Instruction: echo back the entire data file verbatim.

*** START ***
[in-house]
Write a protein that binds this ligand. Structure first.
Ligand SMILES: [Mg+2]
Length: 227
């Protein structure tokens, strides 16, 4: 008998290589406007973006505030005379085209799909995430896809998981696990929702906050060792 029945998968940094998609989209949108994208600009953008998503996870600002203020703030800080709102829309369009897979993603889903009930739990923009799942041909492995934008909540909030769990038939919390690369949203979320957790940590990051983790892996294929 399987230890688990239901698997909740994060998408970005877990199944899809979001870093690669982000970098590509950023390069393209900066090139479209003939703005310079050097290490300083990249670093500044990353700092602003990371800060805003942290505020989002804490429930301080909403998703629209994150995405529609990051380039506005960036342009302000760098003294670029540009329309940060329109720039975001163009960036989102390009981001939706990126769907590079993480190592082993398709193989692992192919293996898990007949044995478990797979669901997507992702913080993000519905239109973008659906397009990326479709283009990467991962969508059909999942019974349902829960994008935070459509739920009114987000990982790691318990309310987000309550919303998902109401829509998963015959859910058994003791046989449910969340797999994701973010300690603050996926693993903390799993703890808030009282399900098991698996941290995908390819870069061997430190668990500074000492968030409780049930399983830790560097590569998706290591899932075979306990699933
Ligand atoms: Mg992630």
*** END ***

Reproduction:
[in-house]
Write a protein that binds this ligand. Structure first.
Ligand SMILES: [Mg+2]
Length: 227
């Protein structure tokens, strides 16, 4: 008998290589406007973006505030005379085209799909995430896809998981696990929702906050060792 029945998968940094998609989209949108994208600009953008998503996870600002203020703030800080709102829309369009897979993603889903009930739990923009799942041909492995934008909540909030769990038939919390690369949203979320957790940590990051983790892996294929 399987230890688990239901698997909740994060998408970005877990199944899809979001870093690669982000970098590509950023390069393209900066090139479209003939703005310079050097290490300083990249670093500044990353700092602003990371800060805003942290505020989002804490429930301080909403998703629209994150995405529609990051380039506005960036342009302000760098003294670029540009329309940060329109720039975001163009960036989102390009981001939706990126769907590079993480190592082993398709193989692992192919293996898990007949044995478990797979669901997507992702913080993000519905239109973008659906397009990326479709283009990467991962969508059909999942019974349902829960994008935070459509739920009114987000990982790691318990309310987000309550919303998902109401829509998963015959859910058994003791046989449910969340797999994701973010300690603050996926693993903390799993703890808030009282399900098991698996941290995908390819870069061997430190668990500074000492968030409780049930399983830790560097590569998706290591899932075979306990699933
Ligand atoms: Mg992630």